The sheets we commonly use have a **format** precise, the**A4**which has dimensions of **21cm x 29.7cm***. *This measure may seem random or counterintuitive, but in reality it hides a **specific geometric property**: by folding an A4 sheet in two halves along the longer side, you obtain two sheets that have half the area but **they maintain the proportions perfectly** of the starting sheet. The proportion of an A4 sheet is **the only one with this property**. This proportion is maintained even if we double an A4 sheet by placing it next to another: we obtain a sheet with double the area, but which perfectly maintains the proportions of the original A4 sheet. The ones we have just described are precisely the **A5 and A3 formats**respectively **half** And **double** of the A4.

This type of format was defined in 1922 starting from the **A0 sheet**maintaining the proportions.

But how is it geometrically possible? We will see it in this article.

## The international standard ISO 216: different but proportionally equal formats

The most used paper format is definitely the**A4**which has the following dimensions **21cm x 29.7cm**is part of a specific series of paper formats – **the series A** – established by the International Organization for Standardization in order to define common technical standards worldwide.

The standard for sheets, called **ISO 126**was established by a convention adopted in Germany in **1922** from the *Deutsches Institut für Normung* and started from **A0 sheet**a sheet of **1 m ^{2} **whose size of the

**sides**(841 mm x 1189 mm) was established so that their

**relationship**was equal to

**√2**

*.*

It can be shown that this specification **proportion** between the sides (**1 : √2**) means that by halving the sheet along the longer side, two sheets are obtained with **half of the area** but which maintain the **same exact proportions** of the starting sheet.

In this way, **starting from the****A0***, *you get the formats **A1, A2, A3, A4, A5 **and so on, having halved area from format to format, but maintaining the same proportions. **Doing** Indeed **the relationship** between the dimensions of the sides of a sheet *A4 *you get **29.7/21 ≃ 1.4142 ≃ √2***, *and the same happens when calculating the ratio between the sides of the other formats.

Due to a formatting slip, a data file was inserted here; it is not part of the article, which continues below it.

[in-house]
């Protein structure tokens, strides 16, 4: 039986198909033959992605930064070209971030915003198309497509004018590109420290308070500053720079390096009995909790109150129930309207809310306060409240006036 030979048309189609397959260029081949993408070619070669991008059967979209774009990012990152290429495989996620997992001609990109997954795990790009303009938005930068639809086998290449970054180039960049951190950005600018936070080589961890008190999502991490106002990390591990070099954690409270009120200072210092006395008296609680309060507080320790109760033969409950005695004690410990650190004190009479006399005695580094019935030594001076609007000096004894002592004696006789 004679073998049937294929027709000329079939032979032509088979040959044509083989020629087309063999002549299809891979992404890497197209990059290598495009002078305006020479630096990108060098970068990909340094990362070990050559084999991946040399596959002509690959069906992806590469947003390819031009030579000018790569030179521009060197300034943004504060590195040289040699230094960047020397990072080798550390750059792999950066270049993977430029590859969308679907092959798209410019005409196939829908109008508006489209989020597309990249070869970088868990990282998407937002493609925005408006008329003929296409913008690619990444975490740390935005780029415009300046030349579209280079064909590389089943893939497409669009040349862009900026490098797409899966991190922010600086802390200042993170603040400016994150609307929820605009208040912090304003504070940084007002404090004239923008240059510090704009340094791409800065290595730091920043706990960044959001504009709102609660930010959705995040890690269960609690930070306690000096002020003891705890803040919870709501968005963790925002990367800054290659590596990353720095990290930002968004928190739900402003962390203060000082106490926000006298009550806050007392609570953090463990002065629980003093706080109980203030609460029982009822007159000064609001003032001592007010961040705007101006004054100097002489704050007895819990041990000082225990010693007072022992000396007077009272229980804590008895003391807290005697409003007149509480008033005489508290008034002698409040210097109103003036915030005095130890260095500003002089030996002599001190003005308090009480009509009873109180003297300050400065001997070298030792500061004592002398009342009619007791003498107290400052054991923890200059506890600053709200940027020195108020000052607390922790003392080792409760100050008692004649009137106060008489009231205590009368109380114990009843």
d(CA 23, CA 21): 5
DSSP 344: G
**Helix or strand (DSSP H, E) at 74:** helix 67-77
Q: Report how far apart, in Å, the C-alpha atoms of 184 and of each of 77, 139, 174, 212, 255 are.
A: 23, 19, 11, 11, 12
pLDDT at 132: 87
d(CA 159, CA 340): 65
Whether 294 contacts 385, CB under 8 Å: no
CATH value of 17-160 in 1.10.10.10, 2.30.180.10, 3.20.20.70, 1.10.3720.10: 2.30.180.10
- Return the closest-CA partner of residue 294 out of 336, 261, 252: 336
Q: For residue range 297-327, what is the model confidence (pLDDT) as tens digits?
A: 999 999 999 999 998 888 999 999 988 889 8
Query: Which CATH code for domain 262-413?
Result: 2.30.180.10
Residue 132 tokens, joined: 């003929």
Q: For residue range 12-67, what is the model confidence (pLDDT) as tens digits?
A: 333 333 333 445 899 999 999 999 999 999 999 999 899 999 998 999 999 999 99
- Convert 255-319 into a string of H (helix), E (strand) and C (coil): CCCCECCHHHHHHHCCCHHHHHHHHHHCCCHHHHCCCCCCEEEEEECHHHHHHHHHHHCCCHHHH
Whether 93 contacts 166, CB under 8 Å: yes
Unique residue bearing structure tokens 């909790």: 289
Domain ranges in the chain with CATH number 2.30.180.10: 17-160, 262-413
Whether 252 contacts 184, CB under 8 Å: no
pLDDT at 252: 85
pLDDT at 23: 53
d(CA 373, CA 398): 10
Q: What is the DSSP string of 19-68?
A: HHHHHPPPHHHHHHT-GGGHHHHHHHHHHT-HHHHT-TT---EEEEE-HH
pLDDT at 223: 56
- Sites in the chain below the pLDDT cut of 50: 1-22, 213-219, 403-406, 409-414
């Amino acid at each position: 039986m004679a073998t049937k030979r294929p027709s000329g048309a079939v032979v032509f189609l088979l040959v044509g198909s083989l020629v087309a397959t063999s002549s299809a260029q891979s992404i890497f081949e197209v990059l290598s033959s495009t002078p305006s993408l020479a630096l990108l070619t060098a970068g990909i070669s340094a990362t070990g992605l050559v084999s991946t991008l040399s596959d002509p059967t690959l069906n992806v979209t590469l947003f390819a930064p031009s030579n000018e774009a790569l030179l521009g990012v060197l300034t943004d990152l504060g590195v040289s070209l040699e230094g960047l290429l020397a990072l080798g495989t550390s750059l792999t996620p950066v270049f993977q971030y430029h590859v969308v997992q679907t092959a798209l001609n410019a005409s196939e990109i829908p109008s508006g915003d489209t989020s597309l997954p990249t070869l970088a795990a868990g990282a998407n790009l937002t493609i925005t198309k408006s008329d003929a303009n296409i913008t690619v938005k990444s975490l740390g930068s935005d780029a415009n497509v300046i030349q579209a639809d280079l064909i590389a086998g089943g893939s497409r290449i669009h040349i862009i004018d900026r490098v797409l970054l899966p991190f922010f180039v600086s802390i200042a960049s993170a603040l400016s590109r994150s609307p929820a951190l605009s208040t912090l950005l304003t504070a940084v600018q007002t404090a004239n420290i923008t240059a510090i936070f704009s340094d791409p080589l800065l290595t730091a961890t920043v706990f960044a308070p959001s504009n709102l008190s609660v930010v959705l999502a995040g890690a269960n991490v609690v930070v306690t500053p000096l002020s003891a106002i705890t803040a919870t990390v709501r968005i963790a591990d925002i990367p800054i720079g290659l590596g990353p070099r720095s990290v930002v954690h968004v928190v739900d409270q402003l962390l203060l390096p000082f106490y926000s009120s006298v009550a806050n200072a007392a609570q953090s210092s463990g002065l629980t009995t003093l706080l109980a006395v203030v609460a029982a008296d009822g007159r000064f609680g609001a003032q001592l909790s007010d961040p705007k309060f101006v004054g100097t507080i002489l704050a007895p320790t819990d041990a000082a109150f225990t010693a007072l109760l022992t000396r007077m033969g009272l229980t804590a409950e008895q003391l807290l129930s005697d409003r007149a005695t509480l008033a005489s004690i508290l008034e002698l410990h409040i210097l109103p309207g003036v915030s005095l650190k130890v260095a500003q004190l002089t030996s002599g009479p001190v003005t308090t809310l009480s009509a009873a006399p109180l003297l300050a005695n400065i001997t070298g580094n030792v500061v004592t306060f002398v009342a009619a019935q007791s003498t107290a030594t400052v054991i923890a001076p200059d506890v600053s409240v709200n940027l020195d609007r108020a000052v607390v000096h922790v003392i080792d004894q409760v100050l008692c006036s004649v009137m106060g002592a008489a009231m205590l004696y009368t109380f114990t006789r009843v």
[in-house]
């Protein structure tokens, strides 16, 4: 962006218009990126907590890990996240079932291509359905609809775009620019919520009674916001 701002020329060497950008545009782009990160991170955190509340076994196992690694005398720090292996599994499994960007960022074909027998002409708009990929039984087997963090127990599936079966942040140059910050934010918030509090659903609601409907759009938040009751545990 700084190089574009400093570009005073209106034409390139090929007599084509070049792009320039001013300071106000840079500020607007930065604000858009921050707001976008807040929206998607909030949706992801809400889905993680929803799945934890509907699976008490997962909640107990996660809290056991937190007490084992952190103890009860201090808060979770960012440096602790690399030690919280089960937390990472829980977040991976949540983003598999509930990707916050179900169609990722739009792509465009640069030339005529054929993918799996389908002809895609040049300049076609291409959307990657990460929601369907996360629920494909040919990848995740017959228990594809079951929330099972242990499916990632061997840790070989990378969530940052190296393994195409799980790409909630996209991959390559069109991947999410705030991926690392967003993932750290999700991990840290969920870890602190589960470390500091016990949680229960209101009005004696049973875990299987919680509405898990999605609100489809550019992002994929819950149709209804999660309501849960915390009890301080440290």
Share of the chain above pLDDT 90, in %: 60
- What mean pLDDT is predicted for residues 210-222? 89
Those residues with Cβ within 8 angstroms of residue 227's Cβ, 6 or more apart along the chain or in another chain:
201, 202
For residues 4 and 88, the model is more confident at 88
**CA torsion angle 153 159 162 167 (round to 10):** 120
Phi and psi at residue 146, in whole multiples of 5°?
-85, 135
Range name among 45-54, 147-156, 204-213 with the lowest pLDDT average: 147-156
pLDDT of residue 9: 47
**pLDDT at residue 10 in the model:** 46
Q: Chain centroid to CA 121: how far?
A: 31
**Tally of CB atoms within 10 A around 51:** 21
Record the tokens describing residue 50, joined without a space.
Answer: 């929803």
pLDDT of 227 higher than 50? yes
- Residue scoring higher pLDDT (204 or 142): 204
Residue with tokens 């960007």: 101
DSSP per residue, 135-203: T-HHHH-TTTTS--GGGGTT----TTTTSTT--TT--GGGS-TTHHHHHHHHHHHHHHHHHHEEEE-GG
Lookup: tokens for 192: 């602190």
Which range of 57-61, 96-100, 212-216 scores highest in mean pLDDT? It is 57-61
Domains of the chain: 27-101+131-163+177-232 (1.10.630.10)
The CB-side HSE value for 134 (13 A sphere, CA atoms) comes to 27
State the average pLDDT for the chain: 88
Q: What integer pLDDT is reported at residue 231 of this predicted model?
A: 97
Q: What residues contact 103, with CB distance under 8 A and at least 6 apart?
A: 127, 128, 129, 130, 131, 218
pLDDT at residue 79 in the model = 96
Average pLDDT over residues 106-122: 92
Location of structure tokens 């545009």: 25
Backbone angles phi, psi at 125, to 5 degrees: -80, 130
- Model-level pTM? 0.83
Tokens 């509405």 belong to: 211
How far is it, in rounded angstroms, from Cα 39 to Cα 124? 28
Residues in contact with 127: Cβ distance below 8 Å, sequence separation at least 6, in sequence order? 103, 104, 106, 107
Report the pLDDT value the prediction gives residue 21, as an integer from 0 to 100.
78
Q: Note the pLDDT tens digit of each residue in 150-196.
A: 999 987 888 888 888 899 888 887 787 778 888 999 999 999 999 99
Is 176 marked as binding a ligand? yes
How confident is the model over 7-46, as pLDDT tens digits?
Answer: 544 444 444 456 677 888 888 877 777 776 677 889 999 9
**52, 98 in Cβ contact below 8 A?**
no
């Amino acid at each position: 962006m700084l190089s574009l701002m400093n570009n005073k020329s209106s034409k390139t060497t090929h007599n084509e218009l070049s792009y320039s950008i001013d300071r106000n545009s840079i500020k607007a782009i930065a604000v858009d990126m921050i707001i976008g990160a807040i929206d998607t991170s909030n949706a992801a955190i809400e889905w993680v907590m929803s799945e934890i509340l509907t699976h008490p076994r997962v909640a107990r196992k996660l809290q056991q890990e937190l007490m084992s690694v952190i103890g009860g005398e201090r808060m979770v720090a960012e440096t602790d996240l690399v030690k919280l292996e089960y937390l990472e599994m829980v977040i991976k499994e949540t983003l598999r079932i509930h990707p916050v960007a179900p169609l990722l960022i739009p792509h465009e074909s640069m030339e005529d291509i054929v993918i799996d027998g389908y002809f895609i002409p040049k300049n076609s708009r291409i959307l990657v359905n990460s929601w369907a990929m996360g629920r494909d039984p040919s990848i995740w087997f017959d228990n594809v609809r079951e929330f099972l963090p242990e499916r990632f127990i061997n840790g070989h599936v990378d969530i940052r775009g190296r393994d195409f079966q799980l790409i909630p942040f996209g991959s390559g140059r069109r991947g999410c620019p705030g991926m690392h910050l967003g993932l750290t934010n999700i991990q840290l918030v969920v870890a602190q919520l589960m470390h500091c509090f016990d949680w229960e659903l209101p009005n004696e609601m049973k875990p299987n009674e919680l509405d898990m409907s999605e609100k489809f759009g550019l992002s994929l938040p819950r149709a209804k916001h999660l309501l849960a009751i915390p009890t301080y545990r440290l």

The fact that the proportion between the sides is maintained when switching from format to format has a **extremely practical side**: allows you to** keep images perfectly proportioned** if you switch from one format to another. This is why, for example, in printers we can choose whether to print in A3, A4 or with a double sheet over the A4 format, that is in A5: whatever the format chosen, we are sure that what we will print will not be deformed.

**But how come?** this specific value of the ratio, **√2**ensures that the aspect ratio is maintained when halving an aspect ratio?

## The √2 ratio allows you to maintain the proportion between one format and another

To understand why a rectangle – that is, a sheet of paper – which has a ratio between its sides equal to √2, maintains its proportions if halved, let’s consider a **rectangle** any and let’s call its sides *TO* And *B*The dimensions of *TO* And *B* they are such that their **relationship TO/B** it’s exactly the same as

**√2**

*.*

Now **let’s halve** the sheet along the longer side, thus obtaining two rectangles that have area equal to half of the starting one, and sides equal to ** B And TO/2**. If we now calculate the ratio between the two sides, we get:

So, **halving the sheet**the **proportion** between the sides comes **maintained,** and this happens for any value of *TO* And *B* such that their ratio is √2.